The Black Butte Trail climbs steeply up volcanic Black Butte just west of Mount Shasta in Siskiyou County. It’s a day hike that will give you a good workout, and it features stunning views of Mount Shasta, Mount Eddy, Castle Crags, and the Trinity Divide.
Black Butte was practically in my backyard when I lived in Siskiyou County. I lived within 10 crow miles of it for many years. I love to climb it. It’s one of the first real hikes I do in late spring as soon as the snow melts off the north side. (And, according to long-time Mount Shasta locals, that’s when you should plant your garden.)
The trail to Black Butte’s summit is an excellent hike any time there’s no snow or it’s not too hot. Call the Mount Shasta Ranger Station at 530-926-4511 for the current trail conditions.
The Black Butte Trail is Hike 46 from 100 Classic Hikes in Northern California, fourth edition. I discuss the same route in Hike 41 of Day Hiking: Mount Shasta, Lassen & Trinity Alps Regions.
Black Butte Trail Key Data
Length: 5.2 miles round-trip
Hiking time: 4 hours
High point: 6,358 feet
Total elevation gain: 1,850 feet
Season: mid-May through mid-November
Water: none; bring plenty
Map: USGS 7.5′ City of Mount Shasta
Information: Mount Shasta Ranger Station, Shasta-Trinity National Forest
To those traveling Interstate 5 in far Northern California, Black Butte looms as a dark, impossibly steep visage rising 2,400 feet right beside the freeway. Surprisingly, a moderately graded trail can take you to the summit of this young volcano, where spectacular views await.
Directions to the Black Butte Trailhead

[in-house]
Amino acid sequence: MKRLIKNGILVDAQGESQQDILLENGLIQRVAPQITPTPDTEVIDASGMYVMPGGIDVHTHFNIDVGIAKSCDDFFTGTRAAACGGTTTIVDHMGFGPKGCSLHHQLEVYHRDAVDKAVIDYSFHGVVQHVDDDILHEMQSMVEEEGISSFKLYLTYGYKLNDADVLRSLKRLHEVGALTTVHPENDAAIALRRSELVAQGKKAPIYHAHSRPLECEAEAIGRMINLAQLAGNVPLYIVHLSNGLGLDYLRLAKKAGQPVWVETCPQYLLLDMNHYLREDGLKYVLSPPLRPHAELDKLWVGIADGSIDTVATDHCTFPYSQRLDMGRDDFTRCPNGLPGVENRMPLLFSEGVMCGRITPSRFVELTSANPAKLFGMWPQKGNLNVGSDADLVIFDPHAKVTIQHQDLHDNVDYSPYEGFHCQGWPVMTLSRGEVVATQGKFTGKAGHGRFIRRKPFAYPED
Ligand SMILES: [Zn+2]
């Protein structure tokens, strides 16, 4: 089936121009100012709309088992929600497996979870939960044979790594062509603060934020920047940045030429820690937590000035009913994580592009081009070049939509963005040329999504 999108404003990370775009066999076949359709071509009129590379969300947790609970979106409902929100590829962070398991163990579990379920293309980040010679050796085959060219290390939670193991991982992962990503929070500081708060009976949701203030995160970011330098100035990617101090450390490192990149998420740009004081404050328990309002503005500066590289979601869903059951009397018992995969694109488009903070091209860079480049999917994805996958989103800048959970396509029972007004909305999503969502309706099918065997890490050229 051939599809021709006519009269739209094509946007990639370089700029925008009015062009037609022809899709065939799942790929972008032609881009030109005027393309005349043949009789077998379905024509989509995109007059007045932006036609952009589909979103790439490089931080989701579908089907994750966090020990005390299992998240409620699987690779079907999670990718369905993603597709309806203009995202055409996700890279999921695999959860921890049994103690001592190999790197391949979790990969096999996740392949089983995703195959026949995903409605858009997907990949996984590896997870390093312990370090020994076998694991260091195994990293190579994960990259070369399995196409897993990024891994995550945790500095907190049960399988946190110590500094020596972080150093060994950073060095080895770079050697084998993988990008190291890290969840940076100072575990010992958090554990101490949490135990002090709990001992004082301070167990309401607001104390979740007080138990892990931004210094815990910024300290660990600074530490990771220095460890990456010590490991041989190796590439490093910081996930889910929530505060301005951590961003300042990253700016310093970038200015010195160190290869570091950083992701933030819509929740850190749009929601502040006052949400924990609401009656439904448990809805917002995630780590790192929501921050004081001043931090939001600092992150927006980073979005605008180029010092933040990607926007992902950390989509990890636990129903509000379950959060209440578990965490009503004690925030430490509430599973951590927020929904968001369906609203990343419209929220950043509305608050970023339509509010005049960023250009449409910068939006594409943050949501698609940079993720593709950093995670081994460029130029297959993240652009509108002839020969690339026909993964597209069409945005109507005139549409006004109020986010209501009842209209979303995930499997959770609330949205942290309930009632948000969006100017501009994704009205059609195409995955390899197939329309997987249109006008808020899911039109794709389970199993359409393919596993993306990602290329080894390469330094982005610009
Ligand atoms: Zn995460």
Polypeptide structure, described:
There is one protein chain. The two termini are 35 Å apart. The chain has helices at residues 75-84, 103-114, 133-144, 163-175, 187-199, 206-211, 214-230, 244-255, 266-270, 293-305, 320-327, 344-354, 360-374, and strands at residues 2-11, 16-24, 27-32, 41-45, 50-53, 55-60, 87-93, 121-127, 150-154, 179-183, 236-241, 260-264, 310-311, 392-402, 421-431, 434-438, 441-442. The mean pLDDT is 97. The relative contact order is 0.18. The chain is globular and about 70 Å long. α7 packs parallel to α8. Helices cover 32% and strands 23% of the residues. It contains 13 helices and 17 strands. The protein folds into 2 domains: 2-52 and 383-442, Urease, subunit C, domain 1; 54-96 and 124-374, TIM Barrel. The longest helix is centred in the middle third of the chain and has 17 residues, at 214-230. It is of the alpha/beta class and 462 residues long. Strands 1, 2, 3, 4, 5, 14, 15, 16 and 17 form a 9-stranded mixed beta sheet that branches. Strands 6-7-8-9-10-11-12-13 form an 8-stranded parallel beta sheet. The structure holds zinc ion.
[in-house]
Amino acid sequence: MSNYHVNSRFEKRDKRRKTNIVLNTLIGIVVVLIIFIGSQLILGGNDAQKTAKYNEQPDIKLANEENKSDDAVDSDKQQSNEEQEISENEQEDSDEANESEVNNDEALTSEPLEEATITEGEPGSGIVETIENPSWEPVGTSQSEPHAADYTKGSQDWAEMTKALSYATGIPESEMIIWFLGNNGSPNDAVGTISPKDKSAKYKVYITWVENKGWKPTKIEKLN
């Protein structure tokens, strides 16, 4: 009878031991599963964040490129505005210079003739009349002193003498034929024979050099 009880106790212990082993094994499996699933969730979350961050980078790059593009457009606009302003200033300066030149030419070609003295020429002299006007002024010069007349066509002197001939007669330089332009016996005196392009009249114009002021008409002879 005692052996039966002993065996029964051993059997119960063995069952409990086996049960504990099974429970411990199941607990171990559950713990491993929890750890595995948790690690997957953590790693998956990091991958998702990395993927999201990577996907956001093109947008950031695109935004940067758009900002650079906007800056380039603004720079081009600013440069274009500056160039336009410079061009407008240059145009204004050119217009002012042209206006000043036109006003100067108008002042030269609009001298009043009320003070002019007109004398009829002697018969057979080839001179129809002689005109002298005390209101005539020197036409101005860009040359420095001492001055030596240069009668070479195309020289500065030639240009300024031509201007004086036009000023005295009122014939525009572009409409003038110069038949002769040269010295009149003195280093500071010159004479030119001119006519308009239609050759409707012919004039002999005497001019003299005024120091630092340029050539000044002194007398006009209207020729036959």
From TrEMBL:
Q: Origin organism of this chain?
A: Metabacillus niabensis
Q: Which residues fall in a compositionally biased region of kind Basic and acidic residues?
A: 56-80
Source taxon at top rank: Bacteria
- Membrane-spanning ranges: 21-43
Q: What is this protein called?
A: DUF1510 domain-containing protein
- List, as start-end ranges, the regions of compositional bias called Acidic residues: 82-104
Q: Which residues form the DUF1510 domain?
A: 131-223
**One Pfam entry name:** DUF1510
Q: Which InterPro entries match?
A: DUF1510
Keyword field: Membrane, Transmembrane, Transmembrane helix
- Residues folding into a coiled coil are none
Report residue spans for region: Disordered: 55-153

Take the Central Mount Shasta exit off I-5, head east through town for 0.7 mile on Lake Street, and curve left onto Everitt Memorial Highway. Drive 2.2 miles and turn left opposite the sign for Spring Hill Plantation onto Forest Road 41N18, an improved road surfaced with recycled asphalt grindings. Turn right after 0.1 mile, drive 1 mile, and swing 90 degrees to head straight for Black Butte. Go right (north) at a road fork 0.3 mile farther. After another 1.2 miles, turn left at a powerline undercrossing and continue the final 0.7 mile on a gravel and dirt road (41N18A) to the trailhead, which is a small turnaround in the road.
Hiking the Black Butte Trail
The path initially travels through a forest of Douglas fir, white fir, incense cedar, and ponderosa pine. Common trailside shrubs include bush chinquapin, huckleberry oak, and tobacco brush. As you continue the steady climb across talus slopes, the first of several sweeping vistas opens up to the north, where you’ll see Shasta Valley and the town of Weed directly below and southern Oregon’s Mount McLoughlin, a Cascade sibling of Mount Shasta. At 1.1 miles the path swings southwest, allowing views of Mount Eddy (Hike 52: Mount Eddy and the Deadfall Lakes) and the Klamath Mountains to the west and Castle Dome (Hike 49) and the rest of Castle Crags to the south.
At 1.6 miles the trail heads east, offering you the entrancing image of Mount Shasta, and eventually swings southeast past western white pine, mountain hemlock, and red fir. This is a good spot to search the far southeast horizon for Magee Peak and Lassen Peak, which lie near the Cascades’ southern boundary.
Black Butte’s Summit: View of Mount Shasta!
Climb northwest and then southeast again before switchbacking up the last stretch to Black Butte’s summit at 2.6 miles, where all the previously encountered views come together in a 360-degree panorama. Mount Shasta will certainly demand most of your attention. This majestic peak, elevation 14,162 feet, is a stratovolcano formed by massive eruptions that began about one million years ago. Black Butte, a plug dome, formed from thick pasty lava extruded in four different eruptions about ten thousand years ago, making it quite young by geological standards.